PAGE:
It’s no surprise that the enterprise data center has a storage performance problem. Look at what the data center to contend with: raw sensor data, machine-generated data, financial transactions, big data analysis, hosted applications, R&D, mobile, social media, video, broadcasting – and that’s the short list.
Hard disk drive-laden SANs still top the storage food chain but even high-end arrays have issues around IO and latency.
Flash can remediate performance problems and many data center managers have already adopted it. Many more plan to within a 12-18 month timeframe.
The question is: are the managers choosing the best flash solution for their needs? Flash comes in many flavors. Just because it’s flash does not make it an automatic fix for your storage performance.
Flash Factors: What You Must Have
What do you look for? There are several different flash architectures to consider. Let’s look for first for the qualities that any flash installation must have.
· Flash storage needs to provide high IO processing speeds and low latency. These requirements are the point of flash but flash products differ dramatically in their performance levels.
· Flash arrays need to deliver consistent performance and media quality over time. Flash consistency can suffer as workloads grow and as flash media ages. Don’t just look at processing speeds in a pilot project; test it with production workloads. Also ask about wear leveling and non-disruptive replacement to ensure smooth operations as media ages.
· Flash arrays need to ensure data integrity. These include enterprise services for redundancy such as replication and mirroring, media quality protection, RAID (traditional and flash), and more. Hot swapping and non-disruptive firmware upgrades are also important in this space.
· Flash needs to have a reasonable cost. What constitutes “reasonable” differs radically from customer to customer. The measuring stick is cost-for-value: what does the customer need from primary storage, and when does flash meet or exceed the value of commensurate HDD performance? The good news is that flash prices are dropping, and can come in lower when measured dollar-to-dollar against clustered HDDS.
Flash Usage in the Enterprise Data Center
Flash products primarily serve Tier 0 and Tier 1 storage processing needs. High-end disk-based arrays can approach flash speeds by short-stroking fast HDD clusters, but this gets expensive – even costlier than high end flash arrays.
Tier 0 characteristics are ultra-low latency and very high IOPs for intensive storage processing. Examples of this tier include streaming sensor or scientific data, caching, in-memory compute, OLTP, and analytics. Tier 1 is also low latency and high IOPs with added storage services for data protection and management. Examples include VDI, databases, online transactions – any enterprise application that requires fast processing and storage services.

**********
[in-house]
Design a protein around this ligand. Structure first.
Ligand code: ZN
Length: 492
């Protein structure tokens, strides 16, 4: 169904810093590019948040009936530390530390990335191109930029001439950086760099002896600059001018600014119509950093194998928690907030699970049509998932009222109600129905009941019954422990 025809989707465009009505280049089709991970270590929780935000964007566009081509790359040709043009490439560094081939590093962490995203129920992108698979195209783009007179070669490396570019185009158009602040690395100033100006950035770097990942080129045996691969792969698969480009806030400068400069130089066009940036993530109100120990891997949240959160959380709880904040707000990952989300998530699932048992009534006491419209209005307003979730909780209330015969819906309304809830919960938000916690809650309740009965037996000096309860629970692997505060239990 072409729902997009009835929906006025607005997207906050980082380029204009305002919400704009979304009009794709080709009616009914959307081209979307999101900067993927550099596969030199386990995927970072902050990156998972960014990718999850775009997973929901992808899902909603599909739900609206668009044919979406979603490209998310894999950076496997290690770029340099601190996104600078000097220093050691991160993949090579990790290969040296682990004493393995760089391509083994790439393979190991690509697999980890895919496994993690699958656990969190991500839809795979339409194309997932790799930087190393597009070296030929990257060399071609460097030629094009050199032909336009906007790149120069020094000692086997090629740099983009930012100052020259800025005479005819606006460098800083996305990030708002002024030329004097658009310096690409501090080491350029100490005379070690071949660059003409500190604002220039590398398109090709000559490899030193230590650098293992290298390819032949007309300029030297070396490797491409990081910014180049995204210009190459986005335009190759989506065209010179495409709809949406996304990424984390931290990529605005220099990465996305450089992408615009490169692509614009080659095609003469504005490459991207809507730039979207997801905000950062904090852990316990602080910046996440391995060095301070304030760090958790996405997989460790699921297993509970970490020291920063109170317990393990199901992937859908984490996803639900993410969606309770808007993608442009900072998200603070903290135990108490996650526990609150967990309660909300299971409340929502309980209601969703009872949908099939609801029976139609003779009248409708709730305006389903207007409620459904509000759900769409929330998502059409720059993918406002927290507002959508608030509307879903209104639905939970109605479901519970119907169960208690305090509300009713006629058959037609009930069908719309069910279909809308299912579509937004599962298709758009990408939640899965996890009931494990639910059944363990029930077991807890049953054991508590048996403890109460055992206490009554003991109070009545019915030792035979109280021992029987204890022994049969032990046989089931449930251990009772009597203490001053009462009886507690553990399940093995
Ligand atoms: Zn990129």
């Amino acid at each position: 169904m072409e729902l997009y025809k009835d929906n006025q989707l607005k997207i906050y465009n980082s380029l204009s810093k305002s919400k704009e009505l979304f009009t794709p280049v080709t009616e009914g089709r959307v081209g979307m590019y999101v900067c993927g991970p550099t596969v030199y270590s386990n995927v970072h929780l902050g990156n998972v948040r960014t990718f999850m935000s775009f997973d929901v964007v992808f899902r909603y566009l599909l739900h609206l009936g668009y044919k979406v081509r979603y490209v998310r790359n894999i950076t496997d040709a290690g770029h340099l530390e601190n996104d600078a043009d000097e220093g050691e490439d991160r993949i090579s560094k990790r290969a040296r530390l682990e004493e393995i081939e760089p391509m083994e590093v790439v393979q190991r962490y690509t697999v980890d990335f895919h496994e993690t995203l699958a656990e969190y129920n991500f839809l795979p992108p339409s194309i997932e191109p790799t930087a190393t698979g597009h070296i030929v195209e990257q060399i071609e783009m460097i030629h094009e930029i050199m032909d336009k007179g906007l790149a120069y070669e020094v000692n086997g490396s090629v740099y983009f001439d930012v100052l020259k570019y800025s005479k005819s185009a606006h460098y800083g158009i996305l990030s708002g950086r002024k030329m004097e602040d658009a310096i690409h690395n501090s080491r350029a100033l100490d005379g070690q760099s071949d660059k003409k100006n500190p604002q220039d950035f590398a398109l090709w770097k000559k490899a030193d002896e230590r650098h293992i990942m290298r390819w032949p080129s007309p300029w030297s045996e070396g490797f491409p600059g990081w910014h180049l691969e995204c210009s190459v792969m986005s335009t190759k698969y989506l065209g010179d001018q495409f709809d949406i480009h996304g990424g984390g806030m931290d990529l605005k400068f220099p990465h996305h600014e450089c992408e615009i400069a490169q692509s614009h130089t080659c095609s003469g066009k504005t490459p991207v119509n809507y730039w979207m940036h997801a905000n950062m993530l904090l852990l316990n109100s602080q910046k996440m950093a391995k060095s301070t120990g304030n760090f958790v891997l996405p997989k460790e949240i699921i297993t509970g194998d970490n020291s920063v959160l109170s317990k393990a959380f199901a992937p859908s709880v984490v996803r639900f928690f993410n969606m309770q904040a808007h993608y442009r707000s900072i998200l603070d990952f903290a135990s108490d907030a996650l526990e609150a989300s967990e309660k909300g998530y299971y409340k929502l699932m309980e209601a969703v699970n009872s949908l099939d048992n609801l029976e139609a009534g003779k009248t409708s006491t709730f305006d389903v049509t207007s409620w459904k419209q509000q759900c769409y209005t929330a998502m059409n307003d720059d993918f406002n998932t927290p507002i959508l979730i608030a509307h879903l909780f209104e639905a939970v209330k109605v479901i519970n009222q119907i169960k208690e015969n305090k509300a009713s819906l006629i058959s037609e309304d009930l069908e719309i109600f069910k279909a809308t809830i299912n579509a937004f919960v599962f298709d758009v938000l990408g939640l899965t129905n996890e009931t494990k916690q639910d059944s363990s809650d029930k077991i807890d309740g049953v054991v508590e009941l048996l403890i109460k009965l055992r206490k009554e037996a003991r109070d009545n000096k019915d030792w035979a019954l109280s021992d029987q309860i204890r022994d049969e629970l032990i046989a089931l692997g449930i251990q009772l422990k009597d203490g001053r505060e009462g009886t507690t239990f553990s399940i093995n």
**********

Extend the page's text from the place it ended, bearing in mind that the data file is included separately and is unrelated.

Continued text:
Top Flash Contenders
Server-side flash deploys at the server level as a PCIe card and/or SSDs. It mirrors active data into a local flash cache for higher active processing speeds. Administrators use server-side flash for critical applications and virtual machines.
The primary use for flash storage is in arrays. The top three categories are all-flash arrays (AFAs) with flash chips, AFAs with SSDs, and hybrid storage combining SSDs and HDDs.
All Flash Arrays using Flash Modules
Instead of housing flash in SSDs, the array maker builds proprietary hardware to house flash chips. These systems are expensive but their high performance and array-based management are good fits in intensive storage environments. Their cost also looks better when compared to high-end HDD clusters, and when dedupe and compression yield better capacity.
IBM FlashSystems 840 yields high performance and their enterprise version, V840, adds storage services. Violin Concerto also exerts flash control at the array level. This yield high performance and improves consistency of functions such as garbage collection, which is managed at the array level and not at the more fragmented SSD level. Skyera provides skyHawk, an all-flash AFA with high performance flash and storage services.
Hybrid Flash Arrays
Hybrid arrays combine SSDs and HDDs. The SSD layer acts as fast performance Tier 0 processing and the HDDs do the data storage heavy lifting. These vendors seek to provide the familiarity, capacity and long-term storage retention of disk with faster I/O performance and lower latency at the flash layer. As with other flash storage technologies, dedupe and compression will yield much more effective capacity at the SSD layer. They lack the high I/O speed and low latency numbers of their all-flash cousins but are a good jumping off point for balancing long-term storage capacity with faster storage.